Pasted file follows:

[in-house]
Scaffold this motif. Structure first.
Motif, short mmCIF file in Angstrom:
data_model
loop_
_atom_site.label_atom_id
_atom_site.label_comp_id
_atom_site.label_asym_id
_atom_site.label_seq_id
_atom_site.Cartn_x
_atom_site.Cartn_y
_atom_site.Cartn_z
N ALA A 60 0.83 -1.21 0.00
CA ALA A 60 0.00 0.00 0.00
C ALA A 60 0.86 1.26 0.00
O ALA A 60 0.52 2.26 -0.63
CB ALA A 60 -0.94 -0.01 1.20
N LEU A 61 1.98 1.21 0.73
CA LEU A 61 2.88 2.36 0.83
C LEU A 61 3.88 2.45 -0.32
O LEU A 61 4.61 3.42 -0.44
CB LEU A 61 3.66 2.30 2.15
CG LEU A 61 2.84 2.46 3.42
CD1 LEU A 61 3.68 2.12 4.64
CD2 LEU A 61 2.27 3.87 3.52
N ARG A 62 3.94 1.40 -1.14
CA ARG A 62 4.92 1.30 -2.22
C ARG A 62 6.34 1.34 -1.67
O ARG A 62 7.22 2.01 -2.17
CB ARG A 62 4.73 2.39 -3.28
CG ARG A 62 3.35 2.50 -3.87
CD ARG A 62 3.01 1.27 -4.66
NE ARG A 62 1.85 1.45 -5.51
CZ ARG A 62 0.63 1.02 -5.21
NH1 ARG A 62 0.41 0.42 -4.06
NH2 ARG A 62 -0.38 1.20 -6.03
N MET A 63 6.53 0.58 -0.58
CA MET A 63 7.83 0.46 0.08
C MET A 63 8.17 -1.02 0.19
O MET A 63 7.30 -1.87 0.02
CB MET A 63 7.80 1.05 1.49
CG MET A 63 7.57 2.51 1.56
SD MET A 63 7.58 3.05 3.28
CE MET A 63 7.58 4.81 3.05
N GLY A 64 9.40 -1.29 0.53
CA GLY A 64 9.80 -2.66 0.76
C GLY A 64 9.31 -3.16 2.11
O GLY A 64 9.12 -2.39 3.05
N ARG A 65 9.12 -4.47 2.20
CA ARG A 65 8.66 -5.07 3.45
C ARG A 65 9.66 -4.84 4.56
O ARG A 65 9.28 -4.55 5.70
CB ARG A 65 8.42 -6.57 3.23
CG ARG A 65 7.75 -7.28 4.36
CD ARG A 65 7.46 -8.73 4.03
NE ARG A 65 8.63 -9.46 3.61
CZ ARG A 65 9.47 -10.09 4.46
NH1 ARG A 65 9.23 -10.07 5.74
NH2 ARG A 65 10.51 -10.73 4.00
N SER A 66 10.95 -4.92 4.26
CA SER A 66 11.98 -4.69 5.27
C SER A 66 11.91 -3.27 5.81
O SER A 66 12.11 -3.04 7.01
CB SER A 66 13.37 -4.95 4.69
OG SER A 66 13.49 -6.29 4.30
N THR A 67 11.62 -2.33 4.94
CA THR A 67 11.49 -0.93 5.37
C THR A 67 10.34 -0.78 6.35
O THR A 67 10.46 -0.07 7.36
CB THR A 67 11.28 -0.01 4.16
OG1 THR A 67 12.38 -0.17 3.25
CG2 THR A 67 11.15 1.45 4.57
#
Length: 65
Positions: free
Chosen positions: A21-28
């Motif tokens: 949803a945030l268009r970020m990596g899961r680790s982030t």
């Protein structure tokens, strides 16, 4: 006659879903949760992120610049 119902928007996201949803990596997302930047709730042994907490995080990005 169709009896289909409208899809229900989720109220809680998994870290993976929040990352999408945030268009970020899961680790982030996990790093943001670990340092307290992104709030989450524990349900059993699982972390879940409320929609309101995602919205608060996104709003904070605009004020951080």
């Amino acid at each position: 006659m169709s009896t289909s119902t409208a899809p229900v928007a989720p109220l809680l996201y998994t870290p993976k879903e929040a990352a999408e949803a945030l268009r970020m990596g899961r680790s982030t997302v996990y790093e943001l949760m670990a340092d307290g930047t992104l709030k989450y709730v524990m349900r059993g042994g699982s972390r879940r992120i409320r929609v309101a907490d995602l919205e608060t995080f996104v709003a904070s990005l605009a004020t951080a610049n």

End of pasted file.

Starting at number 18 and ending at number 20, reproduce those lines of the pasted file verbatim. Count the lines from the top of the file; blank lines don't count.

N LEU A 61 1.98 1.21 0.73
CA LEU A 61 2.88 2.36 0.83
C LEU A 61 3.88 2.45 -0.32